Pruning Deciduous Trees and Shrubs
Pruning is essential for attractive, healthy trees and shrubs and improves the quality of flowers, fruit, and foliage. The best way to avoid difficult pruning jobs is to plan ahead; select plants that will fit available space after the plants have matured to their maximum size.
Reasons for Pruning
Training the plant: Some pruning may be necessary at the time of planting to shape your tree or shrub. Broken, crossing, and pest‑ infested branches should be removed, but avoid excessive pruning at transplanting as it tends to retard plant growth and inhibit survival.
Maintaining plant health: Pruning is vital for removing dead, dying, or diseased wood. Any dying branch or stub can be an entry point or build‑up chamber for insects or diseases which can readily spread to other parts of the plant.
Improving plant quality: Pruning reduces the amount of wood in trees and shrubs, and this diverts energy into the production of larger, though possibly fewer, flowers and/or fruit. Properly timed pruning will increase the production of wood that will bear flowers, improving the quality of fruit, foliage, and stems as well.
Regular pruning is often employed to restrict plant growth where space is limited. To reduce unnecessary labor, however, plants should be selected that will not exceed allotted space.
Choosing the proper tools is important for successful pruning. For a branch one‑half inch or less in diameter, small hand pruners are best. For branches up to 2 inches, use long‑handled loppers. Hard‑to‑reach cuts require pole pruners or pole saws. Use manual hedge shears or power shears for formal hedges. Hand pruning saws are useful when branches are close together.
Disinfect tools with chlorine bleach diluted in water (1:9) or alcohol after each cut on diseased wood.
Most pruning is done in late winter or early spring to give the maximum time for the wounds to heal. However, to get the best flowering from plants that produce blooms in the spring, prune soon after the flowers die. Flower buds for the next year will develop on new growth during the summer. Summer‑flowering plants develop flower buds on new shoots growing in the spring. Consequently, these plants should be pruned after the coldest part of winter. Dead or diseased wood should be removed whenever the problem is noticed.
Begin pruning at planting to train the plant and avoid large pruning jobs later. Trim damaged roots and rubbing branches. Plants purchased from a reputable nursery were pruned as they grew during production, and should require little or no pruning when transplanted to your landscape.
Evergreens don't need as much pruning as deciduous plants and should not be cut back at planting.
Heading back removes part of a limb or branch. They induce side buds to sprout and can be used to alter the shape of the plant. Make the cut just above a healthy bud, pointing in the direction you want the branch to grow. Make slanted cuts to promote healing and prevent the collection of water on the cut. Thinning cuts remove entire branches at their junction with another branch or the trunk, reducing the number of interior limbs. This opens the plant to sunlight and air and can reduce overall size.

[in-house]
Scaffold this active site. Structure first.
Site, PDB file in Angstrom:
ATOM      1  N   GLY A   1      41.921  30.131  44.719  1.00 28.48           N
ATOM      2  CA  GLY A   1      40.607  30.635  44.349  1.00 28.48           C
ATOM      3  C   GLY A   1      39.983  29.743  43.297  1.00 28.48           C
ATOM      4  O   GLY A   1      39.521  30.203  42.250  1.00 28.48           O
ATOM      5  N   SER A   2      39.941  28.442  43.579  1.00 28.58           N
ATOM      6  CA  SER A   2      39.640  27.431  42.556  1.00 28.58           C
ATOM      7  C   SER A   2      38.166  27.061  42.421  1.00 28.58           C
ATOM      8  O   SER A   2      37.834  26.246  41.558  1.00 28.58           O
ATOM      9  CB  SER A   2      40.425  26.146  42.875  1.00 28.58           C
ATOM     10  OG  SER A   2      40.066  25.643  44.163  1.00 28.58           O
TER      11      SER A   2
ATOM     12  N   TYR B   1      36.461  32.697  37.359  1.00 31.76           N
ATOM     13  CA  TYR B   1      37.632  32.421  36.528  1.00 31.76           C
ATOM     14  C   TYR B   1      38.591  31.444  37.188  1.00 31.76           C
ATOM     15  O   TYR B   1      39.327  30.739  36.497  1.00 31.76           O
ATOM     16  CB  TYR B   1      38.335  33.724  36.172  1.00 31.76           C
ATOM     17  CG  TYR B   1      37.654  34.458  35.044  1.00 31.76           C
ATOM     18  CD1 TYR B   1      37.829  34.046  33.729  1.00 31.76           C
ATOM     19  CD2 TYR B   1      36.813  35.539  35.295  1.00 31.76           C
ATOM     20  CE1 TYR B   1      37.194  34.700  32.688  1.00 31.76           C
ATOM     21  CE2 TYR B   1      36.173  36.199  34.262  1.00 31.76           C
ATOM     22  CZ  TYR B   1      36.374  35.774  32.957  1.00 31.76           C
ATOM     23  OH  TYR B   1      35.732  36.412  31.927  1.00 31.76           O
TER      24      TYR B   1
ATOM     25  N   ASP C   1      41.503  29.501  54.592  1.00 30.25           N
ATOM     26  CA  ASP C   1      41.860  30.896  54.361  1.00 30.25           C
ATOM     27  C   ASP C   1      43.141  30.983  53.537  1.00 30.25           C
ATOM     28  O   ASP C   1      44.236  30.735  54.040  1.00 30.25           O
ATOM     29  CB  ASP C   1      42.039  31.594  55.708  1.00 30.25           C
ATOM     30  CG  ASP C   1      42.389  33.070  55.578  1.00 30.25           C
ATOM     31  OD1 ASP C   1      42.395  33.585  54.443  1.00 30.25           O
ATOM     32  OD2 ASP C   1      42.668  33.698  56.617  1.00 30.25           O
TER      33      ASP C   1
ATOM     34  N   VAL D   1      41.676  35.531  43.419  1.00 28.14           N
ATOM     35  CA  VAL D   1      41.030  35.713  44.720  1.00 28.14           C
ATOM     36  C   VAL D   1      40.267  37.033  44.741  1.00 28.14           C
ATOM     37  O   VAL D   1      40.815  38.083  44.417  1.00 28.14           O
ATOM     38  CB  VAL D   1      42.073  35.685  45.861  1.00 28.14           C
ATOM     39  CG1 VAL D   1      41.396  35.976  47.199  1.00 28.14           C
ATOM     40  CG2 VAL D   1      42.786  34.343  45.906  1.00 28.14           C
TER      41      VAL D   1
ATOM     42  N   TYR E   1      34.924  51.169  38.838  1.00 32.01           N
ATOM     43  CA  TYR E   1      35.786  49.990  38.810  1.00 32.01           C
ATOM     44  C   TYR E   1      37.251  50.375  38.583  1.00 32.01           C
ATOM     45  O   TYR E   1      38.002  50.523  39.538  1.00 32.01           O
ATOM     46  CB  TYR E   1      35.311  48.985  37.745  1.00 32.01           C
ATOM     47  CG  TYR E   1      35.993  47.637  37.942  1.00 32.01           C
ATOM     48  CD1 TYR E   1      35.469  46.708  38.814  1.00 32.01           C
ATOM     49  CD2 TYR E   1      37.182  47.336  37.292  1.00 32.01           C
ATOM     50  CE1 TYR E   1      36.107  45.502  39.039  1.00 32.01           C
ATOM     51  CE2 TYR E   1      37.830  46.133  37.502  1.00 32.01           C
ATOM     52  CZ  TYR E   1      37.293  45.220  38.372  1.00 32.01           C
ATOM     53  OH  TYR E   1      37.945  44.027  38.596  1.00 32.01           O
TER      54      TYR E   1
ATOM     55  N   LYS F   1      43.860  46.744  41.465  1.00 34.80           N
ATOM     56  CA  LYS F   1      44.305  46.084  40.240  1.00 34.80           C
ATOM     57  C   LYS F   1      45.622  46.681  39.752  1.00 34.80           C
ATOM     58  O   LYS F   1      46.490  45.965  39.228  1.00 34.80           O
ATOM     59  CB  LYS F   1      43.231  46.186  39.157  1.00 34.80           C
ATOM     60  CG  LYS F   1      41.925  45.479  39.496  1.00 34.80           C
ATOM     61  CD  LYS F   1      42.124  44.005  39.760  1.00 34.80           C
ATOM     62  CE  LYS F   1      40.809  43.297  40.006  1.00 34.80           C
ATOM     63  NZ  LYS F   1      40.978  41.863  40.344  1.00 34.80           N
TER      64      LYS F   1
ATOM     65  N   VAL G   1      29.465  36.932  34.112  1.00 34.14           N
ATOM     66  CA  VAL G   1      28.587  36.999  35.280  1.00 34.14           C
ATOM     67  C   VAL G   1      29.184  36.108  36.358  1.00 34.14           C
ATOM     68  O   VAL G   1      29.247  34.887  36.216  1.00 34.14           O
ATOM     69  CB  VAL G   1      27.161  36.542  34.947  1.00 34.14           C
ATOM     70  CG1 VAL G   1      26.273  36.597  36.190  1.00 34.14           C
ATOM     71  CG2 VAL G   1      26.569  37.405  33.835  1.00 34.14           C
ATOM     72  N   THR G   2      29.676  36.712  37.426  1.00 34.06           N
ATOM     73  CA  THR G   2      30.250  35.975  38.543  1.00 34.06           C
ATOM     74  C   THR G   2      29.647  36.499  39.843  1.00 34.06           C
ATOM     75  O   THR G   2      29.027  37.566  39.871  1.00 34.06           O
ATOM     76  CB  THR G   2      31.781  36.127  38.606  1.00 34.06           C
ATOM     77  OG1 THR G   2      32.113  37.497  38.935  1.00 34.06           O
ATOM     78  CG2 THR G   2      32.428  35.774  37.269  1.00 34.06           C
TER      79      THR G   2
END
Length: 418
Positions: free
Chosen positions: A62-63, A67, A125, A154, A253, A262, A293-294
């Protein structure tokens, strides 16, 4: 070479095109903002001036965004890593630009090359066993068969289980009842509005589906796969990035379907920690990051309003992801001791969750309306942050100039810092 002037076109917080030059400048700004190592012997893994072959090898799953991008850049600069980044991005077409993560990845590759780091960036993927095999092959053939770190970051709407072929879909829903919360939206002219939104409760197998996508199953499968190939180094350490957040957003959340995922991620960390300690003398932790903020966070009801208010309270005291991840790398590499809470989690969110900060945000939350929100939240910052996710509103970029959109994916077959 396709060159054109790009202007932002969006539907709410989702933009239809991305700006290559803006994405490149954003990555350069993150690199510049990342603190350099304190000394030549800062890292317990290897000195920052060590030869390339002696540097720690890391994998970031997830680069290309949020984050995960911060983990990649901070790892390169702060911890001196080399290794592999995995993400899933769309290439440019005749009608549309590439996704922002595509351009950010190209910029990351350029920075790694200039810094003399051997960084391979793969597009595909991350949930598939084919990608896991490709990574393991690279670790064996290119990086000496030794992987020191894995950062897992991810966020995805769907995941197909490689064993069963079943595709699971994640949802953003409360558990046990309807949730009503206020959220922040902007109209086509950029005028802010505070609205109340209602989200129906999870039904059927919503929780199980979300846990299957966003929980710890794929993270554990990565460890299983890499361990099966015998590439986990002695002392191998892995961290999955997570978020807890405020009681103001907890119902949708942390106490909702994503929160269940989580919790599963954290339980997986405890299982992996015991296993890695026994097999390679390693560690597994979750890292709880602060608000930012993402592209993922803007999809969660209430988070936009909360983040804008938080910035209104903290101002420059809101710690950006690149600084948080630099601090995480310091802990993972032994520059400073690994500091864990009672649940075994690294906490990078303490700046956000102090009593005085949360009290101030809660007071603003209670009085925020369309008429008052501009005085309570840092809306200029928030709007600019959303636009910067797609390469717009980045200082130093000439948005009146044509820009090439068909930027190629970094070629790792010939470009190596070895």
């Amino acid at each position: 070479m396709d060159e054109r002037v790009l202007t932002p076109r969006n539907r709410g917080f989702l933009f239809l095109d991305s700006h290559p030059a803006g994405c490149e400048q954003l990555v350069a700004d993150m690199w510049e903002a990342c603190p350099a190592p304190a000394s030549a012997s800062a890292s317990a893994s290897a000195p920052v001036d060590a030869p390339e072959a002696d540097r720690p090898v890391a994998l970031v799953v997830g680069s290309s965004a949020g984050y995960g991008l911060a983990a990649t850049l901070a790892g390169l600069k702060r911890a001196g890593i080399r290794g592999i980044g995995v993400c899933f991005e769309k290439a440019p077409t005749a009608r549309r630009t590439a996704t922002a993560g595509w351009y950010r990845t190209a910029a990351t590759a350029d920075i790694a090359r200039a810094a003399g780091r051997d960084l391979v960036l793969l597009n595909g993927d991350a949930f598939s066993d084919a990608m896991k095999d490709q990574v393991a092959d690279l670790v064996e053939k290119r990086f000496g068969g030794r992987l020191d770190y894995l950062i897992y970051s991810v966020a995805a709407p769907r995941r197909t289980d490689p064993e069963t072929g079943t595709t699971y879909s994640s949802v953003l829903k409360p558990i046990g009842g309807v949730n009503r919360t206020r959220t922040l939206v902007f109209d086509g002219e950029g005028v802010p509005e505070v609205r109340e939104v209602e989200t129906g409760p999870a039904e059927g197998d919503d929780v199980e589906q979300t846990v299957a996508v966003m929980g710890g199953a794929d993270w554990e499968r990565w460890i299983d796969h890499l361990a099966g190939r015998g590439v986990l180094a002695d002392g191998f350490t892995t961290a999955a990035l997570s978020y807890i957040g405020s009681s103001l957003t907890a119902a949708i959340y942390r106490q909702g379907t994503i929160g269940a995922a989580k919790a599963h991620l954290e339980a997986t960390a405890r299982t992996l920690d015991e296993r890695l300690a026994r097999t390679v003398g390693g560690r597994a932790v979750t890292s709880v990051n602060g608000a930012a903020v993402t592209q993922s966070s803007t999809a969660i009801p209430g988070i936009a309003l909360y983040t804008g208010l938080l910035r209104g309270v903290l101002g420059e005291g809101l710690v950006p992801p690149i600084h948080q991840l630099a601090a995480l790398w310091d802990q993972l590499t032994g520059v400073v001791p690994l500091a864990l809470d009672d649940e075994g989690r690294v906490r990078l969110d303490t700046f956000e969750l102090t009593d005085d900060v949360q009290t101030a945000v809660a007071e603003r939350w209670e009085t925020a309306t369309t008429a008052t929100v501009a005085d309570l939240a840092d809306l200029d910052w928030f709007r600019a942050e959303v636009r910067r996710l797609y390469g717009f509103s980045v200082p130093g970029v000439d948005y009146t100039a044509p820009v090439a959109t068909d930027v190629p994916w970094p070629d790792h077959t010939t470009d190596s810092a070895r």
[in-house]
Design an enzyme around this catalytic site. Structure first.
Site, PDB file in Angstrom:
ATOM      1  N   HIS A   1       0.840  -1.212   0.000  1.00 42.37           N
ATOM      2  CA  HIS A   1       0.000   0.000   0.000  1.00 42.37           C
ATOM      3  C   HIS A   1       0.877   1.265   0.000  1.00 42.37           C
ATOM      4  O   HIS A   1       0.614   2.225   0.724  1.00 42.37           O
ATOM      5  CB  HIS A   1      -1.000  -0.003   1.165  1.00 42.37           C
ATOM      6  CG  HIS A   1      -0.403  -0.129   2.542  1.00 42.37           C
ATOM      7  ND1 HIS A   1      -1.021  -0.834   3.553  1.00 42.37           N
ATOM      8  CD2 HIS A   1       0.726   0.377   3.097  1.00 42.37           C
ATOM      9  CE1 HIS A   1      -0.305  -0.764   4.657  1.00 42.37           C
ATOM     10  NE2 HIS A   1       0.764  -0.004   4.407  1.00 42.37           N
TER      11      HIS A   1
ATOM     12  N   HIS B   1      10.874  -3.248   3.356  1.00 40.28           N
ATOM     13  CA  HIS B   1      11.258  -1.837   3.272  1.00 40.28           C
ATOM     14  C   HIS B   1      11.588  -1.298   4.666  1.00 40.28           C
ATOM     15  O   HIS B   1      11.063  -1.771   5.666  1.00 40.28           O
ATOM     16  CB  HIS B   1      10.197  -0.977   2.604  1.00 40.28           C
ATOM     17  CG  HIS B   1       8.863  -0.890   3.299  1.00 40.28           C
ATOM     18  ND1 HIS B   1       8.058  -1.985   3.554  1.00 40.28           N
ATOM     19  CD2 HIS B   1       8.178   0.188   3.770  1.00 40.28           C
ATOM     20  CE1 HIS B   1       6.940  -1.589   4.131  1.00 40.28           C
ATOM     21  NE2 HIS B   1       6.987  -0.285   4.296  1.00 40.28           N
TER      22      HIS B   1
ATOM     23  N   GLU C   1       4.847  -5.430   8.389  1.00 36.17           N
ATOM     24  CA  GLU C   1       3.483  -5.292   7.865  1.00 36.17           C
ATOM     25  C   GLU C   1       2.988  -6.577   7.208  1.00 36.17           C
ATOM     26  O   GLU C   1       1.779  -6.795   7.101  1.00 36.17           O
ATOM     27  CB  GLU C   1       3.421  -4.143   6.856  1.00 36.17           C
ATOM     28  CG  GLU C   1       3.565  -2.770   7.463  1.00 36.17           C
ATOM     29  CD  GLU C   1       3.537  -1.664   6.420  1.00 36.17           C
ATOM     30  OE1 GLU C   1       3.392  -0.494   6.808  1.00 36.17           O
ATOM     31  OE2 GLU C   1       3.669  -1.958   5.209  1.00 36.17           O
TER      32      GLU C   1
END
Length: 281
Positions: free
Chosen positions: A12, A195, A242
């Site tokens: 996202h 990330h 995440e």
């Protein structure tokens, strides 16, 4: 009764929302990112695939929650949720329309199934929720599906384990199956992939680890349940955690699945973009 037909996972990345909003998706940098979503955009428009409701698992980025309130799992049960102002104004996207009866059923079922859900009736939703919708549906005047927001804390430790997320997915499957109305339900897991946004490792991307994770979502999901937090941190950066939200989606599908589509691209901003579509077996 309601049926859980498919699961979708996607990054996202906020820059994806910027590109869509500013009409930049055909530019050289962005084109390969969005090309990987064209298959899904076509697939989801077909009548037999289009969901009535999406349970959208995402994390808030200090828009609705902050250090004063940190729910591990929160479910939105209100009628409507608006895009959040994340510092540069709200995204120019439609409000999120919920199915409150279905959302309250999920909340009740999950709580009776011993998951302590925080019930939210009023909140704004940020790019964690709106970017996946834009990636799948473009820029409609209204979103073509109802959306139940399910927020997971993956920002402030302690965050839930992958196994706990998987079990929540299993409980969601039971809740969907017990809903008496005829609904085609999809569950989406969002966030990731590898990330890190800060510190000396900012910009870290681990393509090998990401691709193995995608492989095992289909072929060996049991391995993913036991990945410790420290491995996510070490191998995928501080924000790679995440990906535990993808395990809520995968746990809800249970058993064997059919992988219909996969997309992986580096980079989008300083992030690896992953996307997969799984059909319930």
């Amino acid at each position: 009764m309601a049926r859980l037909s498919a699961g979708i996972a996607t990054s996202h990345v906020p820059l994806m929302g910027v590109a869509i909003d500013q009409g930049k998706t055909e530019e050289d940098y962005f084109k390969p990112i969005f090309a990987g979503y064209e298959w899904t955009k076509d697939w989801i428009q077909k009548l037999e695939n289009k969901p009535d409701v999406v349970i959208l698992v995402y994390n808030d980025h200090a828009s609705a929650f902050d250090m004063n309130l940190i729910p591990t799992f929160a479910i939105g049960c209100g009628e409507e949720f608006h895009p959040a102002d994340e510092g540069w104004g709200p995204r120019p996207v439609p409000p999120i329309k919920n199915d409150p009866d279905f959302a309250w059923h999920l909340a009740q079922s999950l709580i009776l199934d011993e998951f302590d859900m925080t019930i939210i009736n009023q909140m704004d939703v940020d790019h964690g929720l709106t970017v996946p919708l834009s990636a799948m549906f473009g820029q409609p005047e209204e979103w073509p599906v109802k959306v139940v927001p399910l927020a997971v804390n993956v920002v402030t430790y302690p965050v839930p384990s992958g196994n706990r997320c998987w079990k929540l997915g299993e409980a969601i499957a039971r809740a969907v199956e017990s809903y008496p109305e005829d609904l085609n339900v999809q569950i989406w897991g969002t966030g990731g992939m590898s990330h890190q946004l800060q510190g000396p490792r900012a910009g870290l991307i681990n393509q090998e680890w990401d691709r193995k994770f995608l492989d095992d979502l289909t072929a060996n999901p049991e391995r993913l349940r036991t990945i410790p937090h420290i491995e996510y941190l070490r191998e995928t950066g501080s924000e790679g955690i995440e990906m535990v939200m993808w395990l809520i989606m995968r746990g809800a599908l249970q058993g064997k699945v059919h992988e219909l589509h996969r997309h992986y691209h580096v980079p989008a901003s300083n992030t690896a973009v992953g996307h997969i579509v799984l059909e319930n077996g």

Most plants respond best to selective pruning; a combination of thinning and heading cuts. This is healthier for the plant and gives a more natural appearance.
Renewal pruning is used on multiple‑stemmed plants like forsythia. Young growth produces more vigorous flowers, so each spring after flowering, remove one third of the oldest and tallest stems near ground level to encourage development of new stems.
A natural shape is best for plants. Formal shearing of hedges causes vigorous growth on the outside which shades the interior, leaving a "dead zone" that can't produce new shoots. If you must shear, make the hedge wider at the bottom and sides slanting. Thin out individual branches to open the plant to sunlight.
Never top, or dehorn, a tree, where all branches are cut close to the trunk. This is unhealthy for the tree and, if the tree survives, a heavy flush of vertical suckers will develop.
Remove limbs with angles of less than 30 degrees from the trunk. If not removed, they may split as the tree grows. A branch should be cut flush with the branch collar, not the trunk. The branch collar is a usually swollen area where the branch joins the trunk. It contains tissue with a chemically protective zone which speeds recovery.
To protect understory shrubs, and for your own safety, tie the branch to a stronger, higher branch. Use three cuts to remove the branch as follows:
- Make a small cut on the underside of the branch about 6 to 12 inches away from the collar and one third of the way through the branch. This prevents the bark from peeling. (A in the attached illustration)
- A little farther out from the first cut, cut down through the branch to remove the entire limb.(B in the attached illustration)
- Finally, cut at branch collar to remove the stub. File any ragged edges from the stub. (C-D in the attached illustration)
Research shows that the branch collar is more effective against decay than pruning sealers, which may actually slow healing.
By Sherri Sanders
County Extension Agent - Agriculture
The Cooperative Extension Service
U of A System Division of Agriculture
Media Contact: Sherri Sanders
County Extension Agent - Agriculture
U of A Division of Agriculture
Cooperative Extension Service
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